CAFA2 expanded the challenge founded in CAFA1. The expansion included the number of ontologies used for predictions, the number of target and benchmark proteins, and the introduction of new assessment metrics that mitigate the problems with functional similarity calculation over concept hierarchies such as Gene Ontology . Importantly, we provided evidence that the top-scoring methods in CAFA2 outperformed the top-scoring methods in CAFA1, highlighting that methods participating in CAFA improved over the 3-year period. Much of this improvement came as a consequence of novel methodologies with some effect of the expanded annotation databases . Both CAFA1 and CAFA2 have shown that computational methods designed to perform function prediction outperform a conventional function transfer through sequence similarity [25, 26].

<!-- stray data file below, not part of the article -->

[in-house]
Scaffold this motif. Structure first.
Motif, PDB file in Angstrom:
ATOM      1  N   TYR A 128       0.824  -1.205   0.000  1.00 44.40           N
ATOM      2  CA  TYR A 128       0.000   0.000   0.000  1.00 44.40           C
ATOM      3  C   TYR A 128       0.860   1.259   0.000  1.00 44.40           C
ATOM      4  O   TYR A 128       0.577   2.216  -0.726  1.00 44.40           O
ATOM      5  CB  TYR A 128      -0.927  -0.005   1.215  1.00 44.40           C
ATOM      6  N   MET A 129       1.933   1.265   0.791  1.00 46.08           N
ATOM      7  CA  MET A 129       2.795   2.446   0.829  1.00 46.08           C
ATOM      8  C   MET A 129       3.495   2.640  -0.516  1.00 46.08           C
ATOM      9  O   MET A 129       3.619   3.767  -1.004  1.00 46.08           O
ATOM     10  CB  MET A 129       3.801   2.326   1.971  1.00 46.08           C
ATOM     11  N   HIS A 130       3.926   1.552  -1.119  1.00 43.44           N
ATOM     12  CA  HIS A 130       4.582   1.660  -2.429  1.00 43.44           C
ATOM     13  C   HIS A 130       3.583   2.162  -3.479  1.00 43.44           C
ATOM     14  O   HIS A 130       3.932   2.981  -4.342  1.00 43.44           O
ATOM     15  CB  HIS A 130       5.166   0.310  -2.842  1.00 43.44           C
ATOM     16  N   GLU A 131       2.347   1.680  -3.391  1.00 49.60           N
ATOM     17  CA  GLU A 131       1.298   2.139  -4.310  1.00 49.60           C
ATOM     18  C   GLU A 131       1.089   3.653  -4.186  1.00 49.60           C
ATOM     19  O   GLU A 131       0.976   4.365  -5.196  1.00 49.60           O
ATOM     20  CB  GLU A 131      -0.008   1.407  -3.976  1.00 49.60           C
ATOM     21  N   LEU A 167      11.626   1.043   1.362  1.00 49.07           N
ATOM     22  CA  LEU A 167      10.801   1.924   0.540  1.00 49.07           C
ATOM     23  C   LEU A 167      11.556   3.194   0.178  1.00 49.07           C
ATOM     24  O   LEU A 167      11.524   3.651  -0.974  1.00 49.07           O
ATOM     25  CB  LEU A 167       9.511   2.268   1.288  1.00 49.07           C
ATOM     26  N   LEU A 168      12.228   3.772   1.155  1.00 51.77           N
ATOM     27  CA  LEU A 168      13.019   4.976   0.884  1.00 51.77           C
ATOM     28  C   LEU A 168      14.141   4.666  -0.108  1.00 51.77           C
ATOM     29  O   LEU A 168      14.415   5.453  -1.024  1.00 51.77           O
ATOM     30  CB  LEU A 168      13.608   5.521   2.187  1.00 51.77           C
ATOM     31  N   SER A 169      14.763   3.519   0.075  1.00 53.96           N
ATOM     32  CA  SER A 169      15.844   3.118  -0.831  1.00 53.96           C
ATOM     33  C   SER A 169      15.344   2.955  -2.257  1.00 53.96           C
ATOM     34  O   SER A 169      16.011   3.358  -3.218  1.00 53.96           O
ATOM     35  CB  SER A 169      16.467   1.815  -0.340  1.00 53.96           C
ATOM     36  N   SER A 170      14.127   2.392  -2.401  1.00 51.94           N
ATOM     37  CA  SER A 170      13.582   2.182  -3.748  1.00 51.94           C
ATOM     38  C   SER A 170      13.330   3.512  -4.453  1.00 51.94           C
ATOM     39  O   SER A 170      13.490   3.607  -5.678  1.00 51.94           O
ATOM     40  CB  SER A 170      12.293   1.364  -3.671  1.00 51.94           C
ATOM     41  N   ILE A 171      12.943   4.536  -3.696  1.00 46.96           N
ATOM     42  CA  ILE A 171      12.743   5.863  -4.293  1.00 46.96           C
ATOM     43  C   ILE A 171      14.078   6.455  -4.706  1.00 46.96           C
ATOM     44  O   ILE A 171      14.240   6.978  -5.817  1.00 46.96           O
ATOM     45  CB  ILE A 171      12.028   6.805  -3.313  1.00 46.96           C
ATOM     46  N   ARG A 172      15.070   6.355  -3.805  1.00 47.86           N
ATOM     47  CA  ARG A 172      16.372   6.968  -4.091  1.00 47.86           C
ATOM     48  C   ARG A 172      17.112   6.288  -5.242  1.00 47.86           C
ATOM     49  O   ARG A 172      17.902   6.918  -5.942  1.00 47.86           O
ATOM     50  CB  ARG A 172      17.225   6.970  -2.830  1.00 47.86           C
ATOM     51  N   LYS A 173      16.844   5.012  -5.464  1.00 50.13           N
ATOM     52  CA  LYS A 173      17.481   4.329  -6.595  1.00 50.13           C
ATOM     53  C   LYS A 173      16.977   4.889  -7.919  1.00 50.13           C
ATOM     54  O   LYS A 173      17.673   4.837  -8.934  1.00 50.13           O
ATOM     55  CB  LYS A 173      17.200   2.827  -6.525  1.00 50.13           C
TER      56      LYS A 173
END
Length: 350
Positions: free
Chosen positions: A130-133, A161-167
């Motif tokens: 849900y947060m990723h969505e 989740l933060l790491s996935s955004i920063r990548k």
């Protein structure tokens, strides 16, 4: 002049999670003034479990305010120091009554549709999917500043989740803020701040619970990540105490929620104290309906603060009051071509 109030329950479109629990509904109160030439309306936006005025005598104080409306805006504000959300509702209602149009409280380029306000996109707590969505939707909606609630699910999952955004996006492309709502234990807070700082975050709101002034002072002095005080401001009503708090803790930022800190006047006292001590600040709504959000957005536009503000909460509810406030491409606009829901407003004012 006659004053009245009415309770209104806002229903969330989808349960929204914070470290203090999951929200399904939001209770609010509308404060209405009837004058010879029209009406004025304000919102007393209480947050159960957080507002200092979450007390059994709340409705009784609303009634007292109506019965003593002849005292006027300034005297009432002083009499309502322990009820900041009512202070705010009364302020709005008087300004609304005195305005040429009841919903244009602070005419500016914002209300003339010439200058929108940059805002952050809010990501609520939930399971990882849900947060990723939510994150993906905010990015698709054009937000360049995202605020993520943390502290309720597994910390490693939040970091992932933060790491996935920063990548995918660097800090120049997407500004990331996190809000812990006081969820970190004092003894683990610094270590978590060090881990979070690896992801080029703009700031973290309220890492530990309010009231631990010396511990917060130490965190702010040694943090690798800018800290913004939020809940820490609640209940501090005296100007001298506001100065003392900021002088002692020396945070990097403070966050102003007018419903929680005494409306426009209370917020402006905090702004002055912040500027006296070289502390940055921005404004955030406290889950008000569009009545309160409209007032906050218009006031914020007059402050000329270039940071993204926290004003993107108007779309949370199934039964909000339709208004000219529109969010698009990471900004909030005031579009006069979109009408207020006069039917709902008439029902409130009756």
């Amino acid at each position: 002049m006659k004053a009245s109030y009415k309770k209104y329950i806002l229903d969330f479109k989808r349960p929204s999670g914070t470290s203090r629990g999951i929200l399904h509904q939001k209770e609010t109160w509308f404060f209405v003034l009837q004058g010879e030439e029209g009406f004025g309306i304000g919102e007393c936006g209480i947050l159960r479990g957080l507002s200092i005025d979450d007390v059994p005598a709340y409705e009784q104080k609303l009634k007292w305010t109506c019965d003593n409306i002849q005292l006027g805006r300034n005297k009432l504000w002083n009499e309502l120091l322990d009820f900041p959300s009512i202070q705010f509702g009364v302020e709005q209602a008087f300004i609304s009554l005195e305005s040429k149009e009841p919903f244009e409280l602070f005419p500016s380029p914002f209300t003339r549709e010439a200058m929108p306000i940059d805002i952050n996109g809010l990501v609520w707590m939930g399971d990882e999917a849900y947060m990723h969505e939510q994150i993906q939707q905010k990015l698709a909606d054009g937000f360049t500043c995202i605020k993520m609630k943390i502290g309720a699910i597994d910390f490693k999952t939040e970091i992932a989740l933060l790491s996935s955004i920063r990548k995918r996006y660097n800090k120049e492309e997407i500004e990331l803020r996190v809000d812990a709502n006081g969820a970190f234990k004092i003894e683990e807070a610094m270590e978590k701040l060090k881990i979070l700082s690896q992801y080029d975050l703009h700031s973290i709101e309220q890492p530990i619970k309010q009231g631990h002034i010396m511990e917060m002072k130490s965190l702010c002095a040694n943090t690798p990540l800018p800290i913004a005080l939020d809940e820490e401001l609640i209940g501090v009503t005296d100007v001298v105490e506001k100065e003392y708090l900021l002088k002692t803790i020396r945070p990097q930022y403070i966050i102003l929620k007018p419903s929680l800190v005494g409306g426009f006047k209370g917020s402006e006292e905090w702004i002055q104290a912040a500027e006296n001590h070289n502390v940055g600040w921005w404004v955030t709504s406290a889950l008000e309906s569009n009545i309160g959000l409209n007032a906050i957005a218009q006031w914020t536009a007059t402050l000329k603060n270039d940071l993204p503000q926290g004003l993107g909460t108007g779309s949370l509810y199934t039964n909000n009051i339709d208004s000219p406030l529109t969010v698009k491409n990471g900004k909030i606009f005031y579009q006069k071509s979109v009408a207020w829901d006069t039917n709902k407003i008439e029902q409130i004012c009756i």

In CAFA3 (2016–2017), we continued with all types of evaluations from the first 2 challenges and additionally performed experimental screens to identify genes associated with specific functions. This allowed us to provide unbiased evaluation of the term-centric performance based on a unique set of benchmarks obtained by assaying Candida albicans, Pseudomonas aeruginosa, and Drosophila melanogaster. We also held a challenge following CAFA3, dubbed CAFA- π, to provide the participating teams another opportunity to develop or modify prediction models. The genome-wide screens on C. albicans identified 240 genes previously not known to be involved in biofilm formation, whereas the screens on P. aeruginosa identified 532 new genes involved in biofilm formation and 403 genes involved in motility. Finally, we used CAFA predictions to select genes from D. melanogaster and assay them for long-term memory involvement. This experiment allowed us to both evaluate prediction methods and identify 11 new fly genes involved in this biological process . Here, we present the outcomes of the CAFA3 challenge, as well as the accompanying challenge CAFA- π, and discuss further directions for the community interested in the function of biological macromolecules.